“Sharks are beautiful animals, and if you’re lucky enough to see lots of them, that means that you’re in a healthy ocean. You should be afraid if you are in the ocean and don’t see sharks.”Sylvia Earle
We are witnessing a great surge in media attention that commonly emphasizes the dark side of sharks with only ”shark attacks” always being reported. True, sharks attacks take a heavy toll on human life by causing on average 10 deaths per year, but this statistics falls short in comparison to the millions of sharks being cruelly killed each year by the human populations.
Did you know that about 10 millions of sharks are victims of fining: the practice of cutting their fins and then discarding them alive into the sea to die, after which the sharks either starve to death, or are eaten alive by other fish? This adds to my point that sharks are being treated inhumanely.
The media is at high records in promoting shark related news at all levels, however it fails to highlight the importance of Sharks. Sharks are crucial to marine ecosystems, they serve to balance the population of prey species and keep the ocean healthy by removing ill or diseased animals. Above all, it is primitive that the human population understands that sharks are an important resource supporting local economies through fishing and tourist attraction (deep sea diving).
This is a great moment to be aware of what’s been going on in our ocean, and is a particularly great moment for understanding the current stats in order to finally get over the myth of shark threats. Incidentally, the United Nations Food and Agriculture Organization (FAO) has reported a decline of 0.15 million tons in commercial catches of sharks, rays and chimeras in a period of three years. It is unknown whether this is due to improved management of shark fisheries or decreasing shark populations through over fishing or a combination of both. Can we afford to further overlook this disastrous event? We cannot simply discard a study that analyzed shark fin trade records. We need to act, and fast!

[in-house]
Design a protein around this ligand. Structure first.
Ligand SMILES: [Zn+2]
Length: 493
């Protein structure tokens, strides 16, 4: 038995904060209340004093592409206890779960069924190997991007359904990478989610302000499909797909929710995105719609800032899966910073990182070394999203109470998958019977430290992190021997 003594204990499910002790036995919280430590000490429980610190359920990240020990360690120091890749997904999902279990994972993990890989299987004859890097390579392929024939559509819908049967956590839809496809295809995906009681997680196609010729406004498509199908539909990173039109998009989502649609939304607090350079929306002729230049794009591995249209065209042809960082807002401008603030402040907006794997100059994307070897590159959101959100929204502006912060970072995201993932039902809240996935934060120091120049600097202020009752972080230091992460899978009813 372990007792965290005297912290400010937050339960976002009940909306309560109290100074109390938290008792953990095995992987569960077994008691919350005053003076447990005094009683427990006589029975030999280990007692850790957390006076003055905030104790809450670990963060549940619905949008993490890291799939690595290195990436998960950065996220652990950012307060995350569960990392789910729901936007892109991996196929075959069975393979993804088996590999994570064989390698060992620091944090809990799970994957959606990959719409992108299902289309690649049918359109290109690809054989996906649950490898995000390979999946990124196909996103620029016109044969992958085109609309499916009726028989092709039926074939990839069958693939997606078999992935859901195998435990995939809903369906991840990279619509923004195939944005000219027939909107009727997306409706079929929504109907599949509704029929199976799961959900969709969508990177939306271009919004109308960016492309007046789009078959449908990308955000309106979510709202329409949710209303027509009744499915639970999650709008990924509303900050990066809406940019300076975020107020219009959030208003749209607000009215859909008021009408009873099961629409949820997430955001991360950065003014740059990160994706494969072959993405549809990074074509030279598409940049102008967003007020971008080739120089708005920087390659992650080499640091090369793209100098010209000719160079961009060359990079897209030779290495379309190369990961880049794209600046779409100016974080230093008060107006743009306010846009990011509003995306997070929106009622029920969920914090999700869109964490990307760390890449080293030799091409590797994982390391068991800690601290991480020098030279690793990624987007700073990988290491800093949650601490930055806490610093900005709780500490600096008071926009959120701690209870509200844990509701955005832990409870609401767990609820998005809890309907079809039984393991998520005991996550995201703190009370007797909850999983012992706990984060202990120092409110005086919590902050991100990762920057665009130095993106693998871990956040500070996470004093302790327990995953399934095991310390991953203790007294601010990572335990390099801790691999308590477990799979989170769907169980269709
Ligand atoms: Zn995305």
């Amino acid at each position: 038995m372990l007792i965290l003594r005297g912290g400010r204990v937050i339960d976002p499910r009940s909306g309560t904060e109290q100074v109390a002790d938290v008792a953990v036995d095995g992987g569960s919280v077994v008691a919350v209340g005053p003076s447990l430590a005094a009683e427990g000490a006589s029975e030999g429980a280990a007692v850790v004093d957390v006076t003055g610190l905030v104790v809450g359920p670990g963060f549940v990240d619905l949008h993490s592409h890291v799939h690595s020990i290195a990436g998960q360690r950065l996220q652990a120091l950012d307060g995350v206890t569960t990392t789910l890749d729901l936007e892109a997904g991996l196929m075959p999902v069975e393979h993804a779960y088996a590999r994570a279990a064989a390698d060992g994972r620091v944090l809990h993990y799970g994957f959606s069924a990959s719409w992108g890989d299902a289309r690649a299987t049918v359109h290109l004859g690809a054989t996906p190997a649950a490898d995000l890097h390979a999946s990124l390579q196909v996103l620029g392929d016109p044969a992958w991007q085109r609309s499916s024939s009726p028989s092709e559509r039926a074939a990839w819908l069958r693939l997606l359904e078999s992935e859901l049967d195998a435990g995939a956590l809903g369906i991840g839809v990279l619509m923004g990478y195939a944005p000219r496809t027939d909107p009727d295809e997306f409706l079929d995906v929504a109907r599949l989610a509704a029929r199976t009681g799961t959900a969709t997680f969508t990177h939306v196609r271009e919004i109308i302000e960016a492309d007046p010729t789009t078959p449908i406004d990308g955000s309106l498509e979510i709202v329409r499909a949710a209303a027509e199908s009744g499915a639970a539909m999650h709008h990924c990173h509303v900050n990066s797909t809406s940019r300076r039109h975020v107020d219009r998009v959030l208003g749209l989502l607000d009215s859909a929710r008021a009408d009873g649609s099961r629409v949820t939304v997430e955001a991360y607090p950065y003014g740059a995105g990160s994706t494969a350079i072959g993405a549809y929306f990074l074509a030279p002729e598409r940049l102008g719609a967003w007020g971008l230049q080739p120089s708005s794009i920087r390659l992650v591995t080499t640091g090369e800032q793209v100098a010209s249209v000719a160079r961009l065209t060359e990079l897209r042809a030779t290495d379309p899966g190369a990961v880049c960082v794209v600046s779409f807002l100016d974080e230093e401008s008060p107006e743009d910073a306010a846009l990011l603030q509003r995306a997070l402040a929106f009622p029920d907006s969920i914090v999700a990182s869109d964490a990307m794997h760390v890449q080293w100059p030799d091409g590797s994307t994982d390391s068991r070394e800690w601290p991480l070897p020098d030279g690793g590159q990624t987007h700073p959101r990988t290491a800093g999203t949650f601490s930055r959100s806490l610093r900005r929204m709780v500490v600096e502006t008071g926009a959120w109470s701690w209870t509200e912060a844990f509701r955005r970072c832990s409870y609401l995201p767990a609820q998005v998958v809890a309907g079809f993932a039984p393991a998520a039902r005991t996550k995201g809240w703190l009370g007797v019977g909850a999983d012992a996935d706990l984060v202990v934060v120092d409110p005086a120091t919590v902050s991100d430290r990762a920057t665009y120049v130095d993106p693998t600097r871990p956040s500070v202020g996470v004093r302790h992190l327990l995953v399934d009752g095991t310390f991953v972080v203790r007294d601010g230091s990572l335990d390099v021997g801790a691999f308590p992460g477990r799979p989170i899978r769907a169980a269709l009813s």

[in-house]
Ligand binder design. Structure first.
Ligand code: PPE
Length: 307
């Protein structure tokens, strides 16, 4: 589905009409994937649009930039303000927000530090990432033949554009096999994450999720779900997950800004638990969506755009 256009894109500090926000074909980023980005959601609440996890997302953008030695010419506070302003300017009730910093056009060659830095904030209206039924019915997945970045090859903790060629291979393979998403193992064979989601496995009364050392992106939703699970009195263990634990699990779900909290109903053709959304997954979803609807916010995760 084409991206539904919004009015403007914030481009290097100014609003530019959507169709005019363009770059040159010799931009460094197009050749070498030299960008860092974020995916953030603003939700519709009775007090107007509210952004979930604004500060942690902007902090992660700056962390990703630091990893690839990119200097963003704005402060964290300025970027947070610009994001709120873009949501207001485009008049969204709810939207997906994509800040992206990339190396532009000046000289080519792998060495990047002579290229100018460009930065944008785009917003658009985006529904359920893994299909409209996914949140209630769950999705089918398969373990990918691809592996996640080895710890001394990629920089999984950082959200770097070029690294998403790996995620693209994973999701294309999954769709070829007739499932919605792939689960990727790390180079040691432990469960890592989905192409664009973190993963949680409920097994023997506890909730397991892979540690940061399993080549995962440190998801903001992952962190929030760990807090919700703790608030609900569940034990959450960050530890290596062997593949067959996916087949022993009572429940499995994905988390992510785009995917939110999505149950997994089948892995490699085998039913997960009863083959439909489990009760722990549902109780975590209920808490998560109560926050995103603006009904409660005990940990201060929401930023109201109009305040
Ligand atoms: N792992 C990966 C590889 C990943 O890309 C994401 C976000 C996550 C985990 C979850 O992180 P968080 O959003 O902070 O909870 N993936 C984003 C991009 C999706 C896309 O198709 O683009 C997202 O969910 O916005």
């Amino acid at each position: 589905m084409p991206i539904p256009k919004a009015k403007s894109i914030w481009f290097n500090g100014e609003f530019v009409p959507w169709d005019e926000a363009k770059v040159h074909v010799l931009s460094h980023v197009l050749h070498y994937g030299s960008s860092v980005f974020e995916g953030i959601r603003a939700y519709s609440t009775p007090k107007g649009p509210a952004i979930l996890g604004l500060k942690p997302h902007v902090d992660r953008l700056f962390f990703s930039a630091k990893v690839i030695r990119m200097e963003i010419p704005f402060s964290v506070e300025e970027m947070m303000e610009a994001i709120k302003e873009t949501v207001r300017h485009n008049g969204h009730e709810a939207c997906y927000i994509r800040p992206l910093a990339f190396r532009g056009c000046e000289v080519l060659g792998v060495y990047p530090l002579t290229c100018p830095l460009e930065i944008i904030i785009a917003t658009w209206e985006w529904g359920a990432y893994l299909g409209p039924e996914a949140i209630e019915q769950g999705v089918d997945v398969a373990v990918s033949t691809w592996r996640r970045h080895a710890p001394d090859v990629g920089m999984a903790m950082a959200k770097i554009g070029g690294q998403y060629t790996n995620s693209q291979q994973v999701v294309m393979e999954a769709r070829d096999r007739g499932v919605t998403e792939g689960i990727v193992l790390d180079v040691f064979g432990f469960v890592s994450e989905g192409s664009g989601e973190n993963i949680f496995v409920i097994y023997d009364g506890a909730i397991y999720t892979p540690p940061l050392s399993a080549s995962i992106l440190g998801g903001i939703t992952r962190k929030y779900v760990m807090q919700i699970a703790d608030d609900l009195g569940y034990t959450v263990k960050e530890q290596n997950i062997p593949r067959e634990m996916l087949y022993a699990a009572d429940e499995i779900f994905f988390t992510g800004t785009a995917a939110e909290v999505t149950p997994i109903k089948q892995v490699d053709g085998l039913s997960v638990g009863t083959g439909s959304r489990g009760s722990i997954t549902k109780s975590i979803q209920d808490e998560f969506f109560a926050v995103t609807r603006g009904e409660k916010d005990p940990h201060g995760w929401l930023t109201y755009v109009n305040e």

The ocean looks to us for the next strategy to safeguard the shark population. How is this problem tackled? ELI Africa is shaped by the support of our young friends who take an active part in upgrading the environment on all fronts. This is why we came up with this ‘Shark Sensitization Campaign’ in order to remove the fear of sharks from people’s mind; make them realize the importance of these creatures and take necessary steps to protect them.
On the 7th of June (World Ocean Day 2014), we started our Shark Sensitization Campaign at Trou aux Biches, where we talked to people about the importance of sharks. I am moved by the passion that has driven this organization to its results and hence we have already taken our next step by working on a “Shark Week” event. Making that goal a reality will indeed be a real achievement and I hope we can count on your assistance. So, stay posted for more news from the team.
In the meantime, join us in our cause by following these easy steps :
·Protect habitats of sharks
·Minimizing waste that are discarded in the sea
·Stop over-fishing in the sea by avoiding shark food (shark fin soup)
·Stop fishing in areas where sharks are usually present
This blog was made possible by the contributions of Priyanka Somrah and Medha Boolauky.